Worldmapper has published a useful and thought-provoking world map scaled to show relative population sizes:
Consider the following quotation (included with this map) from Hania Zlotnik in 2005:
Out of every 100 persons added to the population in the coming decade, 97 will live in developing countries.
Helping students become more globally aware should be a top priority in our schools. Around the time of the Martin Luther King Jr. holiday in the United States, we tend to hear more discussion about issues of diversity and multicultural education. The fact is, the world is extremely diverse and we need to help each other become more comfortable living in our diverse environment. Despite federal desegregation and the U.S. civil rights movement of the 1950s and 1960s, many U.S. schools continue to be segregated and communities in many areas continue to be grouped in ethnically homogeneous ways. While people are (ostensibly) free to rent or purchase homes in the United States wherever they want, I think the causes of equal treatment and replacing racism and ethnocentrism with understanding and respect are in many cases hindered by the segregated patterns of living (and schooling) which continue in many U.S. localities.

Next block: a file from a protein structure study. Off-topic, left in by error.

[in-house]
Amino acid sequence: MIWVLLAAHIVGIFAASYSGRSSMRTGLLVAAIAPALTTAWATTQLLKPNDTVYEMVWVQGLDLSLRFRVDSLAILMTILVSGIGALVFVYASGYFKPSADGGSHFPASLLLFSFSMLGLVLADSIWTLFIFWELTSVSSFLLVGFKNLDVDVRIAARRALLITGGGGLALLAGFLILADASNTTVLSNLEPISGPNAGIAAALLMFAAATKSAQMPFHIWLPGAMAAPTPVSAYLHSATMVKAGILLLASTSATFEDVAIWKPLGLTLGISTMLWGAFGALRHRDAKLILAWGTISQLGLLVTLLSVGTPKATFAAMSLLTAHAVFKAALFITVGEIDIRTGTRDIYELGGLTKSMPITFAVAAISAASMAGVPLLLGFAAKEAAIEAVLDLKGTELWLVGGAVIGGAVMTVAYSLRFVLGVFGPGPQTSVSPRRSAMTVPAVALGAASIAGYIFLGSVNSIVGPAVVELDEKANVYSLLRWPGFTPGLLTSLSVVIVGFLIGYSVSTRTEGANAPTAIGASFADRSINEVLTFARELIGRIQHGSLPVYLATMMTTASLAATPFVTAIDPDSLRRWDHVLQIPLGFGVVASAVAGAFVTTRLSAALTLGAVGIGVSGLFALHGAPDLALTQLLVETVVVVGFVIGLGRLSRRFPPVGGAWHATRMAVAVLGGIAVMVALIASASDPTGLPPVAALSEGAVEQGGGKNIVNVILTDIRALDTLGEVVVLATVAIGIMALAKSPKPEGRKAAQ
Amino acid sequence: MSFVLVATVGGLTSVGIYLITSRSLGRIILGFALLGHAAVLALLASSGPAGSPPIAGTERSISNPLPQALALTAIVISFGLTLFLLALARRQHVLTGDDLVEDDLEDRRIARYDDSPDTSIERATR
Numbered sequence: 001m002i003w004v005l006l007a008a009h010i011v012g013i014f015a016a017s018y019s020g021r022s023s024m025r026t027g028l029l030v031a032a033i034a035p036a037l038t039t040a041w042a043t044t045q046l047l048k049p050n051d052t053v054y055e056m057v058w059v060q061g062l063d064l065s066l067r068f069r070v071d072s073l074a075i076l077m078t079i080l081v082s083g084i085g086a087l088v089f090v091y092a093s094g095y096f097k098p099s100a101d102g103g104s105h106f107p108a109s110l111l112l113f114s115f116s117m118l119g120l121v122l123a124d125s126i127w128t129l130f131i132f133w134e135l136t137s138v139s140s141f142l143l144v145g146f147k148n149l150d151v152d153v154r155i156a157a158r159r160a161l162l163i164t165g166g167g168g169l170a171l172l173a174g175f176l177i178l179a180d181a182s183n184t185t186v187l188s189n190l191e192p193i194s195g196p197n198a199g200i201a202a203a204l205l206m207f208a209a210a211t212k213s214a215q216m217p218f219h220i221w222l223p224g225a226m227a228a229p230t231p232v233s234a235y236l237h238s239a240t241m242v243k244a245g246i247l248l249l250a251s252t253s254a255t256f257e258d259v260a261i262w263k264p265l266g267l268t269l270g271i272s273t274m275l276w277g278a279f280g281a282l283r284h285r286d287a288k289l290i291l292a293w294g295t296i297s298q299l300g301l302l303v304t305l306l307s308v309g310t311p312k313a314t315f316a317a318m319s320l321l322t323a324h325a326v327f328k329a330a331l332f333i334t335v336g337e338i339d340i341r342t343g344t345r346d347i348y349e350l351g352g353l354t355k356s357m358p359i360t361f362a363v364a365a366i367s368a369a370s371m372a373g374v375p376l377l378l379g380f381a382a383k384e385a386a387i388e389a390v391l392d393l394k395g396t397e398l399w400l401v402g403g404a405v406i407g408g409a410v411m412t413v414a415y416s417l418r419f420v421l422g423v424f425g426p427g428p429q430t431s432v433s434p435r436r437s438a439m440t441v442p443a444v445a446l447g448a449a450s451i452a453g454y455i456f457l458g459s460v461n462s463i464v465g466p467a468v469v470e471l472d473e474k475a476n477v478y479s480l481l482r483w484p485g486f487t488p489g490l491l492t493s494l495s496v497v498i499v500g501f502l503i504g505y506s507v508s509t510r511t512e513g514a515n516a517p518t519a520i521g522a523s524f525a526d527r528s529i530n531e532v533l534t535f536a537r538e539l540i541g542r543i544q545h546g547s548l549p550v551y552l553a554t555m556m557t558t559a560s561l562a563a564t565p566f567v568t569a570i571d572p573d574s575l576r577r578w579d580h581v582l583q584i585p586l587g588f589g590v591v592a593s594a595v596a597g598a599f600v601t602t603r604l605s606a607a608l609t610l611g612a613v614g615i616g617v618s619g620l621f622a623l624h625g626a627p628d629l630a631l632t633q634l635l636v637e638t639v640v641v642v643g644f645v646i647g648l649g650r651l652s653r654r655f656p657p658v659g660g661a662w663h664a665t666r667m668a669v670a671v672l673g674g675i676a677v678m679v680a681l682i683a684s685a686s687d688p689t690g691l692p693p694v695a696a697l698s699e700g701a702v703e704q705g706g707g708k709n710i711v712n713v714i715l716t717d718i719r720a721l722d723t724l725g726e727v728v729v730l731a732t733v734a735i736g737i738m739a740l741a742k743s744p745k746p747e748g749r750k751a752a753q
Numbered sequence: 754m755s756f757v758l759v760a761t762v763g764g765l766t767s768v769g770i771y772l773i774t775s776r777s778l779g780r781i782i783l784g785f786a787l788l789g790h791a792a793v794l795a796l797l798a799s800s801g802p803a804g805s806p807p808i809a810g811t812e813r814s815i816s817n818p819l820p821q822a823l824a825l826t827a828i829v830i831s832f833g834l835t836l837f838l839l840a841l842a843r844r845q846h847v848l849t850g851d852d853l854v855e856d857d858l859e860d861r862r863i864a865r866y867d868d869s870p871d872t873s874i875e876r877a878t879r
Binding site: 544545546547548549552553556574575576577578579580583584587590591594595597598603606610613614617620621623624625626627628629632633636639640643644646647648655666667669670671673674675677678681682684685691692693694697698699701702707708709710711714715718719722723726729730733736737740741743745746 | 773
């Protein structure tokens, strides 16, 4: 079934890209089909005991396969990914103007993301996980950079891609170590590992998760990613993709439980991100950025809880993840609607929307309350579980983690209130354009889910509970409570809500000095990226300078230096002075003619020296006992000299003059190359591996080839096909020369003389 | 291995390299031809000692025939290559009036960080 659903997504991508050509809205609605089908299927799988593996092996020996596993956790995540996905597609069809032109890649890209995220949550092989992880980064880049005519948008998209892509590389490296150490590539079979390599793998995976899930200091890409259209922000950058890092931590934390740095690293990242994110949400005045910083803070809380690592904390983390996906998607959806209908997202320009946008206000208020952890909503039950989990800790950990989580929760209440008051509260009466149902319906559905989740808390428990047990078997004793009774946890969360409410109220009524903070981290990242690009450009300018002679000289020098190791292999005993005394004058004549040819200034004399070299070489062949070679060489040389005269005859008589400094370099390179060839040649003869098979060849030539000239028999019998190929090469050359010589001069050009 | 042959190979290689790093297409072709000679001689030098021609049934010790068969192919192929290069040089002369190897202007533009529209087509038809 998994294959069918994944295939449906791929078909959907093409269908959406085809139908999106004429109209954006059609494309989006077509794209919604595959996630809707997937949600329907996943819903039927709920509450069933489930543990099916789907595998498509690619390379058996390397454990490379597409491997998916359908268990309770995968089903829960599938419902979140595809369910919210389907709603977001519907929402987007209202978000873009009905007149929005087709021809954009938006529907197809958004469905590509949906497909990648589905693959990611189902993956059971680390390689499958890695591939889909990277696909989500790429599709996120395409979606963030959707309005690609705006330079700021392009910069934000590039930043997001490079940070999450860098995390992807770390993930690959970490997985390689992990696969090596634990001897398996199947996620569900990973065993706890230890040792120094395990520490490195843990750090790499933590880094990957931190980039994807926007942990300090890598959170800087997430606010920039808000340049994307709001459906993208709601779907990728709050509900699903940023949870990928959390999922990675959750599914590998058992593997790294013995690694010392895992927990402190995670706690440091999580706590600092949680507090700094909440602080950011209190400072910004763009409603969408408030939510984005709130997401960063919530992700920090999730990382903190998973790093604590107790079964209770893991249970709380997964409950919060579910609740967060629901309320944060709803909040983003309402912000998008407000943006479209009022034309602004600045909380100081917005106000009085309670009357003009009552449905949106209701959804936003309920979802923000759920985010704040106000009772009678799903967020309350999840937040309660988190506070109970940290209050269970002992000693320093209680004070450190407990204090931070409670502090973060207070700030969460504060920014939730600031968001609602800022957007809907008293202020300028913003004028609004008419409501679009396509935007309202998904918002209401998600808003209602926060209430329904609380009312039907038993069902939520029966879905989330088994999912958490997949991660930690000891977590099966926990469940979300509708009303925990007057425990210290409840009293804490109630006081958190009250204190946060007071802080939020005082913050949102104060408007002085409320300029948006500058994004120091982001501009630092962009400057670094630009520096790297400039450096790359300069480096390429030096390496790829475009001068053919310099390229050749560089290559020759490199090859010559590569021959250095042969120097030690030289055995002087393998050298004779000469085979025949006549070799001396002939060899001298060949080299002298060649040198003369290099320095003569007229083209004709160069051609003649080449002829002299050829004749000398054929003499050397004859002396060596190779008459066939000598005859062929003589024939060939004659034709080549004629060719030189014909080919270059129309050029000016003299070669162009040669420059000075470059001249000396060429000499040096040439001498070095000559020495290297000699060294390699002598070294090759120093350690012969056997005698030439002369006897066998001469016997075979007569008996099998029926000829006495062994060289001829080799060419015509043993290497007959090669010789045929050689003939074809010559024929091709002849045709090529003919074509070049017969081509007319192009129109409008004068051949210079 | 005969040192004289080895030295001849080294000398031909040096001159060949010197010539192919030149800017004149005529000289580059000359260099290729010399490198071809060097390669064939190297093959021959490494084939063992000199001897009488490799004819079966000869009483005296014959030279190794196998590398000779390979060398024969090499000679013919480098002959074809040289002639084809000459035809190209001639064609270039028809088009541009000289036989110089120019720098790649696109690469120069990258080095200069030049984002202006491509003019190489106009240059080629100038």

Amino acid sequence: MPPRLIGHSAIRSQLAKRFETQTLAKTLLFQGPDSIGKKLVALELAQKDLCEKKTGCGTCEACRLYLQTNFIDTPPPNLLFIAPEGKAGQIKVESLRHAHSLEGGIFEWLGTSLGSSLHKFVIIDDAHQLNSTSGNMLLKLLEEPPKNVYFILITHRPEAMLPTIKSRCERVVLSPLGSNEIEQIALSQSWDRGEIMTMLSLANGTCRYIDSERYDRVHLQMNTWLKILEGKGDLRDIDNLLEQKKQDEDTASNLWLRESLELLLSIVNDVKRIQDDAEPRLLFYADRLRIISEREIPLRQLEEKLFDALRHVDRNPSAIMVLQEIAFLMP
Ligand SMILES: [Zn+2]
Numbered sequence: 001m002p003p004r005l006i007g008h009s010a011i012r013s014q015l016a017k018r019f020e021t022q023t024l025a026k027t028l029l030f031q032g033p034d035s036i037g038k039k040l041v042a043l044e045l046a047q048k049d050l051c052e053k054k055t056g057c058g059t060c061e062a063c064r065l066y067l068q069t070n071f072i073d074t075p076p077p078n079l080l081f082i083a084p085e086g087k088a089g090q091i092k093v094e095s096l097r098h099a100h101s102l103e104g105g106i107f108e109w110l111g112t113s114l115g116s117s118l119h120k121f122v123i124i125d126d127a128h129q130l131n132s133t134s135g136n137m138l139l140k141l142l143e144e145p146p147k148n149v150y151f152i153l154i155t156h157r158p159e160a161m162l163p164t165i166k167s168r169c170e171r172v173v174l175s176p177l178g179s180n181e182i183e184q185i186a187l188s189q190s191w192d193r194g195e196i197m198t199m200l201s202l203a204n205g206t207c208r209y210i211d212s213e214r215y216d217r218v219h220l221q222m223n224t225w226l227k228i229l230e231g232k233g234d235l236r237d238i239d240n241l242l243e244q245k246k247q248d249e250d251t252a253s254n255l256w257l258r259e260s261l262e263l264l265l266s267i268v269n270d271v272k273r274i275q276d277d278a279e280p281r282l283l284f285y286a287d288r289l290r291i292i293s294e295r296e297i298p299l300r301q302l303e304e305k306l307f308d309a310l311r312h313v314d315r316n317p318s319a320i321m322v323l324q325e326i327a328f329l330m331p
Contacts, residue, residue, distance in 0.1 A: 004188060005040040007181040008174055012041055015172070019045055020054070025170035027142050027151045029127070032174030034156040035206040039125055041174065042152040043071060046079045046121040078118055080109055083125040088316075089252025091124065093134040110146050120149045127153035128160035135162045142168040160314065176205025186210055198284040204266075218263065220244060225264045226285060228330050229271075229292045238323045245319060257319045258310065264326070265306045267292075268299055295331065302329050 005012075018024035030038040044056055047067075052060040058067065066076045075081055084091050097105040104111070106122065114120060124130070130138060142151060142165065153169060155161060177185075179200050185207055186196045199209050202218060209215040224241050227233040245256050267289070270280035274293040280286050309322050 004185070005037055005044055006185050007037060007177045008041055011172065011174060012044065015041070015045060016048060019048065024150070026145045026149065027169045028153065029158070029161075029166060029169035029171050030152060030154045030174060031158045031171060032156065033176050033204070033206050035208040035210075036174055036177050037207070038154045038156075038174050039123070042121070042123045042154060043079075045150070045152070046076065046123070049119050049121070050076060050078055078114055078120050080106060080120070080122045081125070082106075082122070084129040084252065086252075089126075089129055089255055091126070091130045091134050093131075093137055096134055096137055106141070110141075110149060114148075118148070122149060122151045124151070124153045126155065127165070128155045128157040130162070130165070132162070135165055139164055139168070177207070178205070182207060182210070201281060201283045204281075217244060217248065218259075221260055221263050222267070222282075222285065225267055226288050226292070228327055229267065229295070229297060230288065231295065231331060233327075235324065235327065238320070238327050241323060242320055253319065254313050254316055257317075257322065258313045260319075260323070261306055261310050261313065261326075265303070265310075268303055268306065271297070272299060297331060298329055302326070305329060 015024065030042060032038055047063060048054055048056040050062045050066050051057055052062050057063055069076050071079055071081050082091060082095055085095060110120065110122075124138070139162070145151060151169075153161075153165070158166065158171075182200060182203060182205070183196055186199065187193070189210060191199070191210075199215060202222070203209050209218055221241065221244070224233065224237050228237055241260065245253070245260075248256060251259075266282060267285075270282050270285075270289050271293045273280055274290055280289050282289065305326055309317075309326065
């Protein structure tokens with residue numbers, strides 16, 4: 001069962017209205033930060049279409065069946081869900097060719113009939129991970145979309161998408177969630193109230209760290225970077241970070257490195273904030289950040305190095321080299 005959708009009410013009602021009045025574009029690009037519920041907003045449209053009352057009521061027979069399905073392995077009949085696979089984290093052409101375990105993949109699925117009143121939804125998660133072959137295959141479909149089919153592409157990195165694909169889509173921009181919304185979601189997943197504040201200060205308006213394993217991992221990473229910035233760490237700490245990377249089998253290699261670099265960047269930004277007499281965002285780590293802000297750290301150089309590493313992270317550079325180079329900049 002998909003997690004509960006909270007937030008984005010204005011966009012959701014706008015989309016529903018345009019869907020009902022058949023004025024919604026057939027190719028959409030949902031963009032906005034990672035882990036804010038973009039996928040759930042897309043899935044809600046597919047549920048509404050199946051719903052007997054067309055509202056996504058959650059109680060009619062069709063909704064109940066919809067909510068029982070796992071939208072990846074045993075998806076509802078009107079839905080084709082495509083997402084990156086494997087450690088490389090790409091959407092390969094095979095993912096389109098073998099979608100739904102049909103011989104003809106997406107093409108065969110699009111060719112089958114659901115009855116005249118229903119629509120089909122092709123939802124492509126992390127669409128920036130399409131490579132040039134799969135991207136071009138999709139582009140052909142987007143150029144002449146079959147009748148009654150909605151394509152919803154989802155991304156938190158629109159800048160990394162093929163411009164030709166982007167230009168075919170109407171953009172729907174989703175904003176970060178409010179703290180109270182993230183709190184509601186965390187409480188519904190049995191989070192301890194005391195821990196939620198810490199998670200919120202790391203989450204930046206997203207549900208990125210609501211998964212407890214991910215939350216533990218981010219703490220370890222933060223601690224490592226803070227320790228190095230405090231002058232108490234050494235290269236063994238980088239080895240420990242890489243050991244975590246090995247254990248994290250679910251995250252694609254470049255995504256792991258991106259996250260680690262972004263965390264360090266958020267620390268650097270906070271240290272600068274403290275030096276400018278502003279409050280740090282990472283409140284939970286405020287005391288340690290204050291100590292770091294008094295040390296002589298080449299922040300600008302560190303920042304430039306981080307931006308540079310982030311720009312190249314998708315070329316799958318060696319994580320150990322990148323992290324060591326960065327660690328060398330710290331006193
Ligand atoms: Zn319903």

Every educator should take seriously his/her responsibility to help students become more globally aware and respectful of the customs, cultures, languages and traditions of different groups. Toward this end, the maps created and shared by the Worldmapper group are extremely helpful. Try browsing maps by category and do some exploring. Consider having a different group of students take one of the maps and explain its significance and meaning to other students as a daily or weekly activity.
Projects like Global Voices Online are really important to the cause of promoting global awareness and habits of respectful global citizenship. Consider having your students in the coming year use the Global Voices Online website as part of their research sources for any type of study with an international aspect!
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